In a move that surprised nobody, Southwest told WestJet to take a hike last week after their relationship fell on hard times. It looks like Volaris will now be Southwest’s first modern codeshare partner while they look for other options on how to serve Canada. That’s too bad. Looks like the Canadian Mountie costume I wore to Southwest’s Halloween a couple years back was all for naught.
This little fight became publicly known in late March when new WestJet CEO Gregg Saretsky said he wasn’t happy with how long it was taking for Southwest to get its act in order. Then he went on to say they were talking with Delta about a codeshare, conveniently fitting with Delta’s plan to transfer 5 slots to WestJet at LaGuardia. Uh huh.
Southwest said that WestJet had asked for some material changes to the agreement awhile back and then on Friday, the axe fell. Southwest walked away. So what were those material changes? If I had to guess, I’d say it was related to other partnerships that WestJet wanted (duh). Did they give Southwest blanket exclusivity? I’m sure not, but I’m guessing Southwest wasn’t too happy with them trying to link up with another large domestic US airline. So that’s over.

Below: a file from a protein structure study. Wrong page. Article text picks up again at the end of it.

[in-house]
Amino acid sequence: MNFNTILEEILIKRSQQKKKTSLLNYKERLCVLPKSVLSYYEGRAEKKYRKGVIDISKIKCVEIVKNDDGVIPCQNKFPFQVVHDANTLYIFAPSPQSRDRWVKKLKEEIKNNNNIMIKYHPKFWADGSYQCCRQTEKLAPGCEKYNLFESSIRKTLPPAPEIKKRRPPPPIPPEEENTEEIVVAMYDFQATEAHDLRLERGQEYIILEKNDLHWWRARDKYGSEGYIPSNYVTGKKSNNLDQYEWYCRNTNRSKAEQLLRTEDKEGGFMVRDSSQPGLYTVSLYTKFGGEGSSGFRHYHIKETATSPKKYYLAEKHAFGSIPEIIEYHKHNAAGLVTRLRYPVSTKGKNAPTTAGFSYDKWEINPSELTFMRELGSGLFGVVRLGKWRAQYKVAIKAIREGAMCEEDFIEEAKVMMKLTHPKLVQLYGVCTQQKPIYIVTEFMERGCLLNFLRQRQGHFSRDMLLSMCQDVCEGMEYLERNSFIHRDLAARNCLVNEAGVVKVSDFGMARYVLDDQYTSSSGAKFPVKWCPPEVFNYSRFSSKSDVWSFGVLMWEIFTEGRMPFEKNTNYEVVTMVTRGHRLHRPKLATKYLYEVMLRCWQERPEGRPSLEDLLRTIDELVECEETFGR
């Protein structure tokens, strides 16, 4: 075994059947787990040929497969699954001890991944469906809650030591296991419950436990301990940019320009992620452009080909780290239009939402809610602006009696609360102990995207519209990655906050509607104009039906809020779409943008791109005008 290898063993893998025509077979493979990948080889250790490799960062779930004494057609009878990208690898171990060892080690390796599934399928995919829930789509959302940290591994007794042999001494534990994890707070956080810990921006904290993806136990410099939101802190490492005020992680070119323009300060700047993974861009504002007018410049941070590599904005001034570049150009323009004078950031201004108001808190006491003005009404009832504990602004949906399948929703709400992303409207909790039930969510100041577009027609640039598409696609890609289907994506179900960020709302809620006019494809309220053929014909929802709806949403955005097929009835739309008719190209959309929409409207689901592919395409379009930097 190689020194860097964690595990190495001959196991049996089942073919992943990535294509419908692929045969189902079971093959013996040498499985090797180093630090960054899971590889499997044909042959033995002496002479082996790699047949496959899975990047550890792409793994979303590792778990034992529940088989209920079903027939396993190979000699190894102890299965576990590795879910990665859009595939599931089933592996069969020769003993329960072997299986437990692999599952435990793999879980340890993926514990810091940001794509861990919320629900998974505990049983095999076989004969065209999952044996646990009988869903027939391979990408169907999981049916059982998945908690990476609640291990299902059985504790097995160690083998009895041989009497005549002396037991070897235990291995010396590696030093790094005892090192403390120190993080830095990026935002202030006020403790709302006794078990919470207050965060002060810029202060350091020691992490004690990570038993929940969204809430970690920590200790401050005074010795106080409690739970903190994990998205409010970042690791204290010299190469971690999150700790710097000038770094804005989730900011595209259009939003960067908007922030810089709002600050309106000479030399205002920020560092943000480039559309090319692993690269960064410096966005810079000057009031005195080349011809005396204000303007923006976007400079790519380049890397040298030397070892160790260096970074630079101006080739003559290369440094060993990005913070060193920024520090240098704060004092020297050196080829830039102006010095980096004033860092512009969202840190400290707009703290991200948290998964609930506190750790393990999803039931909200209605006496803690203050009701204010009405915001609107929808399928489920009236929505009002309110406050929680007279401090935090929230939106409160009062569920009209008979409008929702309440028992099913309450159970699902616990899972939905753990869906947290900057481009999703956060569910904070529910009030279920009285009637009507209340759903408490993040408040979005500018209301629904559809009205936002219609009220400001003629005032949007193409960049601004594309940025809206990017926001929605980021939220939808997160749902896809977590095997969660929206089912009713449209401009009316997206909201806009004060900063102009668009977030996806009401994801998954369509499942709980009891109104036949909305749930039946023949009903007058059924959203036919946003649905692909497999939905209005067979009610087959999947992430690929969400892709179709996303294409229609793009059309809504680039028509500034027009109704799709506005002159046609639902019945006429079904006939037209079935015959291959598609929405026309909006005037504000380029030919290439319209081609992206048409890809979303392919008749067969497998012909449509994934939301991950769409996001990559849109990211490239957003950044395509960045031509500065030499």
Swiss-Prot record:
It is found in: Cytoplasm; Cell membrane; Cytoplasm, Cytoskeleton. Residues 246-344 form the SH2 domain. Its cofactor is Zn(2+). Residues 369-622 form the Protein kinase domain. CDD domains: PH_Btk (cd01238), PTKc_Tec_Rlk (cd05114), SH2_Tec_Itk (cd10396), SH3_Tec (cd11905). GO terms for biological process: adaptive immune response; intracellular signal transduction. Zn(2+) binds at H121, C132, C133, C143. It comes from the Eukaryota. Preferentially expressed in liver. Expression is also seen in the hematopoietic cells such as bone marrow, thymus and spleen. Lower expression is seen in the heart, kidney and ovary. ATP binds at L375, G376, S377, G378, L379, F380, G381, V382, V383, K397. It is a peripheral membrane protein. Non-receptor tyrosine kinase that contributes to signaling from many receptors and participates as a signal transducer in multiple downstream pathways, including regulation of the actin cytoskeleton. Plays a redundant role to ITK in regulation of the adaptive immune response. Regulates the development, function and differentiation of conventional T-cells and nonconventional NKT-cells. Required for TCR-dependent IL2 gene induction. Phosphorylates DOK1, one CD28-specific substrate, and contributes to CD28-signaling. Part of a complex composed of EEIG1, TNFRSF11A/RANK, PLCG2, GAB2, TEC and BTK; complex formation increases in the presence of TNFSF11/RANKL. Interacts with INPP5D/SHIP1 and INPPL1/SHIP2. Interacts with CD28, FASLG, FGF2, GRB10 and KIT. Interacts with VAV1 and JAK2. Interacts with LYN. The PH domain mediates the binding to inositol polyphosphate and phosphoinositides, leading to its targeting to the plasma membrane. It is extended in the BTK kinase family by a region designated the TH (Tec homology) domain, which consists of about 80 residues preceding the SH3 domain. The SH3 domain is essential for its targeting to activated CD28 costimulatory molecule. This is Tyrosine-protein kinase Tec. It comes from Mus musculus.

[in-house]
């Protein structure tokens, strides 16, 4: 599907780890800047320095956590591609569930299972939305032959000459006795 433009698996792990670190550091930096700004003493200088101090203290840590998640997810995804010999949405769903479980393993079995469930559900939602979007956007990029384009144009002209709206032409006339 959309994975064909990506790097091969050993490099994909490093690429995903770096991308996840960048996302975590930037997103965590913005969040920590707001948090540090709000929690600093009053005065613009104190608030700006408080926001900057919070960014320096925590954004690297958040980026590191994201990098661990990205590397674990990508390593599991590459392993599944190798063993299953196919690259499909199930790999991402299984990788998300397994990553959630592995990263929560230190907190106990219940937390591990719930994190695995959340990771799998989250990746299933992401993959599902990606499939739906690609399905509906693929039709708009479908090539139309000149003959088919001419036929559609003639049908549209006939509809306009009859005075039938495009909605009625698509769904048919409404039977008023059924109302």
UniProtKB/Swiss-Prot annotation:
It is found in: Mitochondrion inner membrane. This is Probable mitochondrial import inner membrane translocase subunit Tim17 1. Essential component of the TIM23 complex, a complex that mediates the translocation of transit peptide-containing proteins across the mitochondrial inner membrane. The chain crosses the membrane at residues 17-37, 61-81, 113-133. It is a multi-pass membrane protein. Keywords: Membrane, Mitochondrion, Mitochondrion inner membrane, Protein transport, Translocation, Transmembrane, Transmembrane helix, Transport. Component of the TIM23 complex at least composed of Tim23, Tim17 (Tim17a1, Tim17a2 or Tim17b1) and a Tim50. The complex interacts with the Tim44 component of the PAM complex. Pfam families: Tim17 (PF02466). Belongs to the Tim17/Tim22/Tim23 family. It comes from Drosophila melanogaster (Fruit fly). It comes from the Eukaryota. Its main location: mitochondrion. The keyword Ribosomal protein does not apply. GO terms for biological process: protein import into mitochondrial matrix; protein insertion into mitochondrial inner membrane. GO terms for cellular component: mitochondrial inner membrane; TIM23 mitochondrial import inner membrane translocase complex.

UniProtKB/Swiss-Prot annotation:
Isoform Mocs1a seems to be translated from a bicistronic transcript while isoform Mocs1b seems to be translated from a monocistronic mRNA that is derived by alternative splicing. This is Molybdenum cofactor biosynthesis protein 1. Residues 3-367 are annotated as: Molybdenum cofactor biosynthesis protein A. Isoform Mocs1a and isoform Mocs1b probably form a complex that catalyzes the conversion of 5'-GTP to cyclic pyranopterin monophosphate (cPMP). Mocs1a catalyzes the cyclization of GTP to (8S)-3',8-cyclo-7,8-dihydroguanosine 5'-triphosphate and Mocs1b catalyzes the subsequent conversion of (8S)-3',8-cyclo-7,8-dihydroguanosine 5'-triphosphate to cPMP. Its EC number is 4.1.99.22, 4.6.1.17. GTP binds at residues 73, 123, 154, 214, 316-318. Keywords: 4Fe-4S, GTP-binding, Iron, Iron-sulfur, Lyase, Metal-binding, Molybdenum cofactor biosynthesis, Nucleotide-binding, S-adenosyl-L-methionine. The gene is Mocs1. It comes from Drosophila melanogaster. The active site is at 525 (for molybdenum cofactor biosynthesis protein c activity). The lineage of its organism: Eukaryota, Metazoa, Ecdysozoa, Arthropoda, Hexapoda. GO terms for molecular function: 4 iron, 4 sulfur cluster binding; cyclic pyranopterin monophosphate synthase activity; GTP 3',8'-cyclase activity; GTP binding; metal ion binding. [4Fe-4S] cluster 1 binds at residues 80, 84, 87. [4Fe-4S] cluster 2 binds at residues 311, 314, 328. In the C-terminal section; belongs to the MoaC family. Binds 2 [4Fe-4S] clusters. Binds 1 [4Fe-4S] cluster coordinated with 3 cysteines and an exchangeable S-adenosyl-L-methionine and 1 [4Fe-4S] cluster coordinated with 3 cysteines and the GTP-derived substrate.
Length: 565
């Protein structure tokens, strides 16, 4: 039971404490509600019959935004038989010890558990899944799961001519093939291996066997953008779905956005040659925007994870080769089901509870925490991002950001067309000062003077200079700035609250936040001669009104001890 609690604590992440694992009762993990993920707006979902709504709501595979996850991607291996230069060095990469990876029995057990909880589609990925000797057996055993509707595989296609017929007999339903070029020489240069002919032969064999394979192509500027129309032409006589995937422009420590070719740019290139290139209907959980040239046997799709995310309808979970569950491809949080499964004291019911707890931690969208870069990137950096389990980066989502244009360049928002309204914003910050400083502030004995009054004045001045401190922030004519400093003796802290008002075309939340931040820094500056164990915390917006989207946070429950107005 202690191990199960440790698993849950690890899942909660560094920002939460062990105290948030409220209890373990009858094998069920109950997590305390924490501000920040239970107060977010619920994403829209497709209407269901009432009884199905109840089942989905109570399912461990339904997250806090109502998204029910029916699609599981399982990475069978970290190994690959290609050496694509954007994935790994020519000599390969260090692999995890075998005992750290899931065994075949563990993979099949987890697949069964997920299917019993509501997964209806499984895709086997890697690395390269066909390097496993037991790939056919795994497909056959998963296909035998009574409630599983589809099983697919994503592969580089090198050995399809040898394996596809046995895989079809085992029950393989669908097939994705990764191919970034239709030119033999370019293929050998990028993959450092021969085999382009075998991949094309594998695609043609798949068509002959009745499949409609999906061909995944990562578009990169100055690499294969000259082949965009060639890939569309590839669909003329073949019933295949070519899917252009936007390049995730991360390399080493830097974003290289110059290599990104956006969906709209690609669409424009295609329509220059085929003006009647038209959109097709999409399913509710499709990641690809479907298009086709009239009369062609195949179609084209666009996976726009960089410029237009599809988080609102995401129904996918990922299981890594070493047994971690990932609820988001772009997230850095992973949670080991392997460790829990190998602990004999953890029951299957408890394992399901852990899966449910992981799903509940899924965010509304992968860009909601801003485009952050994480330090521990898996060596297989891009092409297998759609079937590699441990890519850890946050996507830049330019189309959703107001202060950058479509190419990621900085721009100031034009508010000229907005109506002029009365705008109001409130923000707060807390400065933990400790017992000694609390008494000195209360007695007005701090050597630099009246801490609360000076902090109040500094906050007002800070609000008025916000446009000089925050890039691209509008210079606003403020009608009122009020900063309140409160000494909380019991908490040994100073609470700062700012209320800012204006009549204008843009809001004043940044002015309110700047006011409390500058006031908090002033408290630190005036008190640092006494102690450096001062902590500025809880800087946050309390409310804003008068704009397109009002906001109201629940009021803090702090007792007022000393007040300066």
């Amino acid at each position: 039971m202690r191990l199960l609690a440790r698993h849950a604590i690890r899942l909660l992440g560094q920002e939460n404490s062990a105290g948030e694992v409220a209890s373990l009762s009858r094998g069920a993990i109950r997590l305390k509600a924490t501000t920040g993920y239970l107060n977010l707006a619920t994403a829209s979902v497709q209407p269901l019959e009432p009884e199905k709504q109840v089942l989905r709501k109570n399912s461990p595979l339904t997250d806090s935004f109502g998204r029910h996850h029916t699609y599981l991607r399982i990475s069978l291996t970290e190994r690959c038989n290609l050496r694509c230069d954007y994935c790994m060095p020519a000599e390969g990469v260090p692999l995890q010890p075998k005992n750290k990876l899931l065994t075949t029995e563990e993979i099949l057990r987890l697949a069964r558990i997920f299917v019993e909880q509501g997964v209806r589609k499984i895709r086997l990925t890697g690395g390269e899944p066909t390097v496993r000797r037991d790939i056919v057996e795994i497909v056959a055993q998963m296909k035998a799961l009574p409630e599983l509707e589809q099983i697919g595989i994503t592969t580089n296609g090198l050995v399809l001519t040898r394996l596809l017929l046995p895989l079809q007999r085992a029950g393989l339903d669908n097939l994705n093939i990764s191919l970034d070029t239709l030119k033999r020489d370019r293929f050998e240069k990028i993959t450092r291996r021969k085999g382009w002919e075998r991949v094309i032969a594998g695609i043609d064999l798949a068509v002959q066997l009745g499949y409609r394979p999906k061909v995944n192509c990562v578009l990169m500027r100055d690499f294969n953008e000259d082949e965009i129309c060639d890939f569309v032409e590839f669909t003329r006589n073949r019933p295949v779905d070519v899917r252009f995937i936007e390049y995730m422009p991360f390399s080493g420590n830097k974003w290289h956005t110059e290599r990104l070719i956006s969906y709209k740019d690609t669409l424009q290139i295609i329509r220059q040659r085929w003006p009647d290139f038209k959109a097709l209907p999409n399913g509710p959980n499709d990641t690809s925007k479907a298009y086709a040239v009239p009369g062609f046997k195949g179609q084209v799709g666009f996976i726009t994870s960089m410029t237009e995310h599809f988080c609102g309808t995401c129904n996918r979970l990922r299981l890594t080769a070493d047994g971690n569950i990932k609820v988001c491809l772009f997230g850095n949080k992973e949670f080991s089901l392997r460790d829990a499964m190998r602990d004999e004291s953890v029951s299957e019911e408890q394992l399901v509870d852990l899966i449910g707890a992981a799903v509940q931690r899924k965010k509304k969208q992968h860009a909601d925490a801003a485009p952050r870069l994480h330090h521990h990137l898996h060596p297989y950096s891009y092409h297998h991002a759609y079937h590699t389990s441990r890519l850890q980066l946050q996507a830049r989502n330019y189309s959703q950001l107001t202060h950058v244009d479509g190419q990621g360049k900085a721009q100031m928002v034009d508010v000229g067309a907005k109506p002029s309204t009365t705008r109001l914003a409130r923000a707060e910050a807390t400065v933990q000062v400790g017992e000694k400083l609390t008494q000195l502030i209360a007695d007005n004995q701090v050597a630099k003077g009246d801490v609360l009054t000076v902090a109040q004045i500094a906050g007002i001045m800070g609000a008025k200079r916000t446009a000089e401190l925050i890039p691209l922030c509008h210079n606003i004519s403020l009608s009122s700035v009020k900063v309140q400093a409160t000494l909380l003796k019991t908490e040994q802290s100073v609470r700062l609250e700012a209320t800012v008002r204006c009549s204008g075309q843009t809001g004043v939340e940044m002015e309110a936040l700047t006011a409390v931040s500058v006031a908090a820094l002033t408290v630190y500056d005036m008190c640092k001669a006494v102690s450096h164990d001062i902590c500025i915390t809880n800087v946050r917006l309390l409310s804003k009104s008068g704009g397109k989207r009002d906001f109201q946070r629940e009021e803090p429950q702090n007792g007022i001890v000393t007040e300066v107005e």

Now, Southwest says (in a very stilted way) this:
We remain interested in exploring the possibility of one day offering service to Canada if it makes sense for Southwest and for our Customers. That would not rule out future codeshare relationships with Canadian carriers, or flying north of the border ourselves.
Hmm, future codeshare relationships? Well if it’s not WestJet and I can’t imagine Air Canada, that leaves some pretty slim pickings. Air Labrador is probably working on trying to feed Sun Country and its burgeoning Gander hub. Maybe Southwest can connect up with Buffalo Airways in Yellowknife? No, I know. It’ll be Aklak Air in Inuvik. Like I said, the pickings are slim.
At this point, Southwest probably needs to look at whether it’s even worth flying to Canada at all. Without WestJet, I imagine a codeshare opportunity is dead, so it becomes a matter of whether they want to build up a tiny operator in Canada (I doubt it) or start flying there themselves. There aren’t going to be that many cities that are attractive for high frequency service on a 737. I mean, look at Air Canada. They fly 70-80 seaters on a ton of routes to the US and they have all kinds of feed coming from within Canada already. Yes, Southwest can bring feed from the US, but I’m just not convinced it’s worth it.